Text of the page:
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Images reveal devastation in Tonga

WELLINGTON: A volcano that exploded on the Pacific island nation of Tonga has almost disappeared from view, new images revealed yesterday, with swathes of the island nation smothered in grey ash and dust or damaged by a tsunami. Tonga has been virtually cut off from the rest of the world since Saturday’s volcanic blast—one of the largest recorded in decades. The volcano erupted 30 kilometres (about 19 miles) into the air and deposited ash, gas and acid rain across a large area of the Pacific.

Three days after the eruption, the outside world is still scrambling to understand the scale of the disaster, using patchy satellite phone connections, surveillance flights and satellite images. New Zealand said two people have been confirmed killed, citing Tonga police on the island. One of them is a British woman. Her family say the body was found after she was swept away by the tsunami.

Satellite images released by Maxar Technologies yesterday showed that where most of the volcanic structure stood above sea level a few days ago, there is now just open sea. Only two relatively small volcanic islands were still visible above sea level after the eruption. In fact, “what we saw above the water—that has now been destroyed—was only the tip of a volcano that had grown on the rim of the massive underwater volcano,” said Monash University vulcanologist Heather Handley.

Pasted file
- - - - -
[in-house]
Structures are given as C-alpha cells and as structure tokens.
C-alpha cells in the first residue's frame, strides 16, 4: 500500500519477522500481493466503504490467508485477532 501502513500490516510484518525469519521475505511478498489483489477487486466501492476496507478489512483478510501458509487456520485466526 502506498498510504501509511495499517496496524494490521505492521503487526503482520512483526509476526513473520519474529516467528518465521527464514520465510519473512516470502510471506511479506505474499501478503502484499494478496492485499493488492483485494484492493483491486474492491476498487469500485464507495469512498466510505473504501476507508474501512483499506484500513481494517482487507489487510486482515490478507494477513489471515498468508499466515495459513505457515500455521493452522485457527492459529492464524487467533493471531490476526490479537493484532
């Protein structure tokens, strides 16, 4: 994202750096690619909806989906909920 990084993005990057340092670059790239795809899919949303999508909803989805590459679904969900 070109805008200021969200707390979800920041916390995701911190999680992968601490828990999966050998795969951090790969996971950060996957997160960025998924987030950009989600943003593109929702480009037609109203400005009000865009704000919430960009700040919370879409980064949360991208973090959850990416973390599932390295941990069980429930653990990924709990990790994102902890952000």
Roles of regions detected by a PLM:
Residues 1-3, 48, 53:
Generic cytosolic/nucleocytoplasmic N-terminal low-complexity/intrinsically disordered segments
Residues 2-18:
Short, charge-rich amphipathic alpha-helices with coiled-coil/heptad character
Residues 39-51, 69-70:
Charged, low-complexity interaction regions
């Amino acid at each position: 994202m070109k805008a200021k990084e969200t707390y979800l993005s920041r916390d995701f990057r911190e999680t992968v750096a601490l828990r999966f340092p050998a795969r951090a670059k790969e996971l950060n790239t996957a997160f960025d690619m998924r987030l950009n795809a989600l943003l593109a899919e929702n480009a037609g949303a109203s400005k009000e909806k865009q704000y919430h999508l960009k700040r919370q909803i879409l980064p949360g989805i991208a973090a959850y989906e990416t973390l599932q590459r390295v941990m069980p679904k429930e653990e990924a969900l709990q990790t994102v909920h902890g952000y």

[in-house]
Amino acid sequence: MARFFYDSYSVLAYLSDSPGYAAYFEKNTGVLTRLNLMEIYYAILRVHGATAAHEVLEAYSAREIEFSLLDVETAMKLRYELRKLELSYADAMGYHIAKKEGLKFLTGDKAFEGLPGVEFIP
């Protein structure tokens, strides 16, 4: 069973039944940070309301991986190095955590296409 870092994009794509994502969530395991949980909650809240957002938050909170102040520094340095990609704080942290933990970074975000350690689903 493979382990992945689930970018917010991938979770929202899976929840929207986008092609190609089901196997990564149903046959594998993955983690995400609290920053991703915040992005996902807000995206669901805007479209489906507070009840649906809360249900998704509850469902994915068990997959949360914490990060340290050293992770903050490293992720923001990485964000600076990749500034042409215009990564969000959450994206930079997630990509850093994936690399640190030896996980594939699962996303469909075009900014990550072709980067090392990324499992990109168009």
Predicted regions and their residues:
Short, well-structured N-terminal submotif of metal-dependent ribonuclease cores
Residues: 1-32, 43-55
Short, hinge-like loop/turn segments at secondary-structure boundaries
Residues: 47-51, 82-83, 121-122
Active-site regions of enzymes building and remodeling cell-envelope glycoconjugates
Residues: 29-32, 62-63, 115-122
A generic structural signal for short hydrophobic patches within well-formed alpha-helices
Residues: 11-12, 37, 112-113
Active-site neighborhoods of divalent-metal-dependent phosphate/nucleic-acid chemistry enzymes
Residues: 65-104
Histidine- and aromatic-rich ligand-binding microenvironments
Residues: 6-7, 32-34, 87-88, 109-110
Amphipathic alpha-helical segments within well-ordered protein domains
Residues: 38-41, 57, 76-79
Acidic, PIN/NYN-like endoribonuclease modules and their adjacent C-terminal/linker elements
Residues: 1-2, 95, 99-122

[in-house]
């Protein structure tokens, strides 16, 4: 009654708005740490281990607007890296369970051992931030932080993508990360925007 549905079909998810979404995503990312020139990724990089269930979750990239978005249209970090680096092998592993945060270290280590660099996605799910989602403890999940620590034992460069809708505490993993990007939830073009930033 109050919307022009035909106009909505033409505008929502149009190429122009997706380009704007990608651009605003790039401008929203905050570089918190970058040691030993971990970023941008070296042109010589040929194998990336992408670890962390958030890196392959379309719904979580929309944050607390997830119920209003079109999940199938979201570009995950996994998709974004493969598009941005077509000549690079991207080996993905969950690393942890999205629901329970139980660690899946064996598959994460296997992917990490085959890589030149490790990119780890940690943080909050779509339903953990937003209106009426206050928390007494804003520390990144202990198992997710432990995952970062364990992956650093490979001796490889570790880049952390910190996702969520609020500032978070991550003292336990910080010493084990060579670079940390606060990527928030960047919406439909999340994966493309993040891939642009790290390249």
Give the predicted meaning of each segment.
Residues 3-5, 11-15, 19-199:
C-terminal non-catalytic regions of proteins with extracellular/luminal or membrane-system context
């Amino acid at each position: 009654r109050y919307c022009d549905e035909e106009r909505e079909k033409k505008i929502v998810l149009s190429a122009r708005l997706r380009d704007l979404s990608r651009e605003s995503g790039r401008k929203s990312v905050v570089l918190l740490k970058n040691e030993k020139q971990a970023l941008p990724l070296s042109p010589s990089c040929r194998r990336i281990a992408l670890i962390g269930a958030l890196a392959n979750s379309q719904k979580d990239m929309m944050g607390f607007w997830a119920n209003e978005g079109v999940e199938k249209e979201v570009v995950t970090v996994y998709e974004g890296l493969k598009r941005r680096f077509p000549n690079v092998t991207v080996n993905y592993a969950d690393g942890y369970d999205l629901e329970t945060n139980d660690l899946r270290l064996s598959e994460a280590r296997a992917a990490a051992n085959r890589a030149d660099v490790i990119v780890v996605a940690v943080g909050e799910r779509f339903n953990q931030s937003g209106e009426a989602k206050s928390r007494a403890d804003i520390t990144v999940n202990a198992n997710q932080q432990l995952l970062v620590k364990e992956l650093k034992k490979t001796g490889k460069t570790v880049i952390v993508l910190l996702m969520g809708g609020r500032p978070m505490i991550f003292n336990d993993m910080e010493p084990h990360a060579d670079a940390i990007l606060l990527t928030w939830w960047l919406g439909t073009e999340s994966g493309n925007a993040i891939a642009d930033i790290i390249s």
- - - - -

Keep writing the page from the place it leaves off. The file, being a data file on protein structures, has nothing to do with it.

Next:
New Zealand released aerial images taken from a surveillance flight the previous day, revealing a tree-lined coast transformed from green to grey by the volcanic fallout.

‘Distress beacon’

Wrecked buildings were visible on the foreshore alongside others that appeared intact. Volcanic ash blanketed island fields, images from an Australian Defence Force P-8A Poseidon patrol aircraft showed. Shipping containers had been knocked over like dominoes at a port on the main island. Australia’s HMAS Adelaide and New Zealand’s HMNZS Wellington and HMNZS Aotearoa were ordered to be ready for a possible aid request from Tonga, which lies three-five days’ sailing away. With water sources feared to be poisoned by volcanic fallout, the Red Cross said it was sending 2,516 water containers. France, which has territories in the South Pacific, pledged to help the people of Tonga’s “most urgent needs”.

The UN said a signal had been detected from a distress beacon on a low-lying island, Mango. The UN Office for the Coordination of Humanitarian Affairs said surveillance flights had confirmed “substantial property damage” on Mango, home to some 30 people, and another island, Fonoi.

The UN agency also reported “extensive damage” on the western beaches of the main island Tongatapu, “with several resorts and/or houses destroyed and/or badly damaged”. Tonga’s capital Nuku’alofa was shrouded in two centimetres of volcanic ash and dust, it said. Power had been restored to parts of the capital. Local phone systems had been restored but international communications were severed. – AFP

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